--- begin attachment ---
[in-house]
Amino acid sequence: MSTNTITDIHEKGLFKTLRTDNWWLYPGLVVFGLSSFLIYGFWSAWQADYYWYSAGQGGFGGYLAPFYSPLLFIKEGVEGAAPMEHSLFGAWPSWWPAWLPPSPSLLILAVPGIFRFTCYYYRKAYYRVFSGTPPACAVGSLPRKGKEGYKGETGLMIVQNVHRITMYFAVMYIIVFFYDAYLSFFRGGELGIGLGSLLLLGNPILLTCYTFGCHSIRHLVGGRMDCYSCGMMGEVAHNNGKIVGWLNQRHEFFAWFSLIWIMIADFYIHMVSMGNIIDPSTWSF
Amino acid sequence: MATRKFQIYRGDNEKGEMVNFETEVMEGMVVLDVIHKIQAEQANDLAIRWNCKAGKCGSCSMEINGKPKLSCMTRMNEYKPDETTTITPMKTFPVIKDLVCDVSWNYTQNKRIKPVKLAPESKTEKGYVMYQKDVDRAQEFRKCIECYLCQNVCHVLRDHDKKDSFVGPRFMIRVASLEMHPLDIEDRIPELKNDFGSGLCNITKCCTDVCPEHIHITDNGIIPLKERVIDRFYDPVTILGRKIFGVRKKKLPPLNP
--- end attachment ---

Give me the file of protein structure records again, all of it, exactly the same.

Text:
[in-house]
Amino acid sequence: MSTNTITDIHEKGLFKTLRTDNWWLYPGLVVFGLSSFLIYGFWSAWQADYYWYSAGQGGFGGYLAPFYSPLLFIKEGVEGAAPMEHSLFGAWPSWWPAWLPPSPSLLILAVPGIFRFTCYYYRKAYYRVFSGTPPACAVGSLPRKGKEGYKGETGLMIVQNVHRITMYFAVMYIIVFFYDAYLSFFRGGELGIGLGSLLLLGNPILLTCYTFGCHSIRHLVGGRMDCYSCGMMGEVAHNNGKIVGWLNQRHEFFAWFSLIWIMIADFYIHMVSMGNIIDPSTWSF
Amino acid sequence: MATRKFQIYRGDNEKGEMVNFETEVMEGMVVLDVIHKIQAEQANDLAIRWNCKAGKCGSCSMEINGKPKLSCMTRMNEYKPDETTTITPMKTFPVIKDLVCDVSWNYTQNKRIKPVKLAPESKTEKGYVMYQKDVDRAQEFRKCIECYLCQNVCHVLRDHDKKDSFVGPRFMIRVASLEMHPLDIEDRIPELKNDFGSGLCNITKCCTDVCPEHIHITDNGIIPLKERVIDRFYDPVTILGRKIFGVRKKKLPPLNP